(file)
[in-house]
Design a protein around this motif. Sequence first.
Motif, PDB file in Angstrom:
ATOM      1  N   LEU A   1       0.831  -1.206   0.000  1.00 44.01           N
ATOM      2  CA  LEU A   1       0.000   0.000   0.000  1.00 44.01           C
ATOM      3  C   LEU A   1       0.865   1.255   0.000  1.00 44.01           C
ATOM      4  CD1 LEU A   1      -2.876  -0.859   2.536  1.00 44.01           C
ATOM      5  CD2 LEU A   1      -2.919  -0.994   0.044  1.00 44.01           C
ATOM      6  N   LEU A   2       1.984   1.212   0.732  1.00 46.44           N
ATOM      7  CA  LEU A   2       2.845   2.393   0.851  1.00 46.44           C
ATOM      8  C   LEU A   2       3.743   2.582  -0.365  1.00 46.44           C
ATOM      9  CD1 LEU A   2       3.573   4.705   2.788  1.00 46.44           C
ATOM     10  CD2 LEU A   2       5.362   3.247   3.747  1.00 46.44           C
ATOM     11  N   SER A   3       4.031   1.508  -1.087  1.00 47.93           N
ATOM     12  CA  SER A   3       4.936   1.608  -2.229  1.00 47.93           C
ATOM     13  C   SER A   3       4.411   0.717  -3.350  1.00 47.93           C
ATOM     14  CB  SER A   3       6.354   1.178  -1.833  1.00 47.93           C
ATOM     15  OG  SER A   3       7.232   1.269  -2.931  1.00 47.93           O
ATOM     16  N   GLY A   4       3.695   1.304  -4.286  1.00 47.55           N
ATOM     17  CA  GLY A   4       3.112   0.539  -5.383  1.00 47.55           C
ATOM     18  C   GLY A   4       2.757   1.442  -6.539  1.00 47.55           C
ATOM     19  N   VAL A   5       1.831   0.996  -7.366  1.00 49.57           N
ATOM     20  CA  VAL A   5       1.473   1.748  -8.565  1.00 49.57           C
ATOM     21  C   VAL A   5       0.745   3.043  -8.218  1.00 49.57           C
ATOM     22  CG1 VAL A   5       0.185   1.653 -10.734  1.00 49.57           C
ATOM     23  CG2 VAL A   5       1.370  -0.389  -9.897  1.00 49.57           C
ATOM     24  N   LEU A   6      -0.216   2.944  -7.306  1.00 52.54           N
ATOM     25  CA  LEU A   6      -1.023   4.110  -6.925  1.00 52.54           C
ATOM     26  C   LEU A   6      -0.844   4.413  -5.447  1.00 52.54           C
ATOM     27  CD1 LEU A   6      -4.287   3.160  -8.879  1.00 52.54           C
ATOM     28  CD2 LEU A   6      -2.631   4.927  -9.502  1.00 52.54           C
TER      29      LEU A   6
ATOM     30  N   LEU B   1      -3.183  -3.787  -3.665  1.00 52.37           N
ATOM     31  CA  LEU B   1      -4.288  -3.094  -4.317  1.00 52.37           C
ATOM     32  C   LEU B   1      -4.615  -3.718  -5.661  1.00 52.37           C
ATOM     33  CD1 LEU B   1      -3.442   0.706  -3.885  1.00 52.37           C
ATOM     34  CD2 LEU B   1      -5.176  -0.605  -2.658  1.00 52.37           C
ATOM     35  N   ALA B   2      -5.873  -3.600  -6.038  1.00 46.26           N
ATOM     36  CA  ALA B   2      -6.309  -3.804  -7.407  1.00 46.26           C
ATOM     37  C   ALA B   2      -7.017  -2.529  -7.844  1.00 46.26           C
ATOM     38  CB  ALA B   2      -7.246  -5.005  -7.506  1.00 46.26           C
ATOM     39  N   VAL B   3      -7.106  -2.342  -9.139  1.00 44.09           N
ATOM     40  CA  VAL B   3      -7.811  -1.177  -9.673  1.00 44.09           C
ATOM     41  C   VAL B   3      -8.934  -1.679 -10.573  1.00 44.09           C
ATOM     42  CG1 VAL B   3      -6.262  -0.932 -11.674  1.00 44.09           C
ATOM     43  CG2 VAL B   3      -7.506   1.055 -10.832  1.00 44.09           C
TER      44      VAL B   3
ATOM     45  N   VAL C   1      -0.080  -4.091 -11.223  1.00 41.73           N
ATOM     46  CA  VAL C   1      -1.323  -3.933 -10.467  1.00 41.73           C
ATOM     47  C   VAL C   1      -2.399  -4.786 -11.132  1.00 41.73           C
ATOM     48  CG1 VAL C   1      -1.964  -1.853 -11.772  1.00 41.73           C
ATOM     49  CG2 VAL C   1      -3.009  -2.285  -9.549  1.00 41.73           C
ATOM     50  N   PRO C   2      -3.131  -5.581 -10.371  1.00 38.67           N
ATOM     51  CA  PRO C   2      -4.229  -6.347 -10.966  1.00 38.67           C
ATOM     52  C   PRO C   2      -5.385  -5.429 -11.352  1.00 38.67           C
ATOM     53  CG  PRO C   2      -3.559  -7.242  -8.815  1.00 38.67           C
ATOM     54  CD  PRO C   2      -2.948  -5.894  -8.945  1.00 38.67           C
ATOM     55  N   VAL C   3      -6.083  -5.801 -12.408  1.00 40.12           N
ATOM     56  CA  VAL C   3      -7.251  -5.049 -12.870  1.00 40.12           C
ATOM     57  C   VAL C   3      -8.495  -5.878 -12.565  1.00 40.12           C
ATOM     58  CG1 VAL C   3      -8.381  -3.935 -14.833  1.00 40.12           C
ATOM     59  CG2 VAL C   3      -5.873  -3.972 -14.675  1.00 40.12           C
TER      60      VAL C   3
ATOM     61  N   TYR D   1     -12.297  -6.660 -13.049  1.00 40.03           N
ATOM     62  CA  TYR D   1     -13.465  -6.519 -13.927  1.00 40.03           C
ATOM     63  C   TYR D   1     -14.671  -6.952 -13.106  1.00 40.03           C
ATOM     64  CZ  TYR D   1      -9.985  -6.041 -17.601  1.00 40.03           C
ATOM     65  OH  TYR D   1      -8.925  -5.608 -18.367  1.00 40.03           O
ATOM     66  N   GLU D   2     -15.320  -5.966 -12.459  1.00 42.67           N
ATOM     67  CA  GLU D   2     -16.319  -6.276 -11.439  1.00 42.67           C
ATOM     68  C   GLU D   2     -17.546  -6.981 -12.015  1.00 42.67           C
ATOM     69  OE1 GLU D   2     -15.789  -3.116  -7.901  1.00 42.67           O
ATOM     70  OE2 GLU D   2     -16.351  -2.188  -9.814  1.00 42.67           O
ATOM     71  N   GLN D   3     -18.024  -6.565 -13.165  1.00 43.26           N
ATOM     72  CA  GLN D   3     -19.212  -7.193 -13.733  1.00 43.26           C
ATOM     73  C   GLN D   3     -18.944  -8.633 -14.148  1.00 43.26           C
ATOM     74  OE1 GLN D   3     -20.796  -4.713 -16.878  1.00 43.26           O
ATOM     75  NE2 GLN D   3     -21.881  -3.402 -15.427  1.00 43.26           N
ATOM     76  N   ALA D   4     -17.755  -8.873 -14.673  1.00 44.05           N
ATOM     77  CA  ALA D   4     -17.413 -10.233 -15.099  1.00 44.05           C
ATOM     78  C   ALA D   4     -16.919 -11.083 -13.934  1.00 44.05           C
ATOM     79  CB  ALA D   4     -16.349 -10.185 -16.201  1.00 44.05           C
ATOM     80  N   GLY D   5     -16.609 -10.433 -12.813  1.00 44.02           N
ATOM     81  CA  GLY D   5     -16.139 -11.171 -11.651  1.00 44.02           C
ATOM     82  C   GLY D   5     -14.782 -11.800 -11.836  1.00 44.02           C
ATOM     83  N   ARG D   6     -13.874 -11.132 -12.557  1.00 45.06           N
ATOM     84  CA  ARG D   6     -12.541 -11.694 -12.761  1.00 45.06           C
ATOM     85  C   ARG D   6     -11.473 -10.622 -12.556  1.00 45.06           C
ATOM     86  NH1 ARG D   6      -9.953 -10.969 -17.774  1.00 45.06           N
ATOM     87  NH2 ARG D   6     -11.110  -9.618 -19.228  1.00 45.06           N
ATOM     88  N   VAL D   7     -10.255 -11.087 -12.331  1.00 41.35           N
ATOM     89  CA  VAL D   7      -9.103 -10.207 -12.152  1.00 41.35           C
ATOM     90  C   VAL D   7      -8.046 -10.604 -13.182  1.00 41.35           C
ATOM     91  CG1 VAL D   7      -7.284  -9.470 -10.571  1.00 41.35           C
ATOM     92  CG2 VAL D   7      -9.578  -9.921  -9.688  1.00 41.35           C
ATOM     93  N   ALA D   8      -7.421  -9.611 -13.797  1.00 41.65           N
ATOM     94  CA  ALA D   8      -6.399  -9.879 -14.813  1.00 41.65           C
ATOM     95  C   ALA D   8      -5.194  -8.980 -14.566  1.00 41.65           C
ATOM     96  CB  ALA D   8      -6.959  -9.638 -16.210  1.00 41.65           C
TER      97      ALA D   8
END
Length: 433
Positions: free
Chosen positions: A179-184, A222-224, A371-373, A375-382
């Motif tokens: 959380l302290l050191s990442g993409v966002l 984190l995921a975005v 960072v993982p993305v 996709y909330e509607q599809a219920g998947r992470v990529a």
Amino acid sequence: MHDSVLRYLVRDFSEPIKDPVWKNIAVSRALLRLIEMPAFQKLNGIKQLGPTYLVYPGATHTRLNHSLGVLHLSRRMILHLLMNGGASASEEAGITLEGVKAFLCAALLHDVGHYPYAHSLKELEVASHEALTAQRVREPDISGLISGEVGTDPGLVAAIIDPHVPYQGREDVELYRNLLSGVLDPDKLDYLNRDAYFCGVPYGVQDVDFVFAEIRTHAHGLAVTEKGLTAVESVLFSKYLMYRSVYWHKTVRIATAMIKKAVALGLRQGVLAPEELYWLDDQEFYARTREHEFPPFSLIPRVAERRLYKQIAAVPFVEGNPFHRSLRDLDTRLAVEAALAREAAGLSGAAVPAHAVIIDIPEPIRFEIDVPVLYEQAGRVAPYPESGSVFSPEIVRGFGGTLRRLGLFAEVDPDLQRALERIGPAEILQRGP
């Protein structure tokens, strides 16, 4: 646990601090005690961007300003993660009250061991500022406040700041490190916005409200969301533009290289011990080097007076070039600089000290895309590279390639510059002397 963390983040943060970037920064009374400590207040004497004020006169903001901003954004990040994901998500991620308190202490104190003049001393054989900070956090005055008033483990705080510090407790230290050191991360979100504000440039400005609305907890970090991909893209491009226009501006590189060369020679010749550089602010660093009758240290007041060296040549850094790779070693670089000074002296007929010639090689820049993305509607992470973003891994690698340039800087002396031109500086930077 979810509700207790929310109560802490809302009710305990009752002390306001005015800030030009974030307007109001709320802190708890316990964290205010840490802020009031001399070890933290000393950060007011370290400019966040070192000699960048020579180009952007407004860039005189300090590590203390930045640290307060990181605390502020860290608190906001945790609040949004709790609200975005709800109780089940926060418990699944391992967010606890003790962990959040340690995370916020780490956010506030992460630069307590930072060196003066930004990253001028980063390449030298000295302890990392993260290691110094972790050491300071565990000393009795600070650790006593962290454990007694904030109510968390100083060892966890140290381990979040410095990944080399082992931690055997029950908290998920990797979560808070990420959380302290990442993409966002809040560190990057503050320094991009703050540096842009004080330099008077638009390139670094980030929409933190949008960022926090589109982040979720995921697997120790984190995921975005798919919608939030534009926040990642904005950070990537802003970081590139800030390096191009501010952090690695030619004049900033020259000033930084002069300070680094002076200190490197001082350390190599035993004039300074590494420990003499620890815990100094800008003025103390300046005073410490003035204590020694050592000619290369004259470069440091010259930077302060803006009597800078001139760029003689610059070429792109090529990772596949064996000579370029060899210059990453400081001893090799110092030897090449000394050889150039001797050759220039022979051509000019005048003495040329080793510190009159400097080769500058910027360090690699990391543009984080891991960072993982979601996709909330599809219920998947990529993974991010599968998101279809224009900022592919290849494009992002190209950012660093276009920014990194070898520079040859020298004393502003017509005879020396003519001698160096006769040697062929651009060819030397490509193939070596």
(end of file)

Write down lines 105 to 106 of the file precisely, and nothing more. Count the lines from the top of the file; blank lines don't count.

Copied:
């Motif tokens: 959380l302290l050191s990442g993409v966002l 984190l995921a975005v 960072v993982p993305v 996709y909330e509607q599809a219920g998947r992470v990529a």
Amino acid sequence: MHDSVLRYLVRDFSEPIKDPVWKNIAVSRALLRLIEMPAFQKLNGIKQLGPTYLVYPGATHTRLNHSLGVLHLSRRMILHLLMNGGASASEEAGITLEGVKAFLCAALLHDVGHYPYAHSLKELEVASHEALTAQRVREPDISGLISGEVGTDPGLVAAIIDPHVPYQGREDVELYRNLLSGVLDPDKLDYLNRDAYFCGVPYGVQDVDFVFAEIRTHAHGLAVTEKGLTAVESVLFSKYLMYRSVYWHKTVRIATAMIKKAVALGLRQGVLAPEELYWLDDQEFYARTREHEFPPFSLIPRVAERRLYKQIAAVPFVEGNPFHRSLRDLDTRLAVEAALAREAAGLSGAAVPAHAVIIDIPEPIRFEIDVPVLYEQAGRVAPYPESGSVFSPEIVRGFGGTLRRLGLFAEVDPDLQRALERIGPAEILQRGP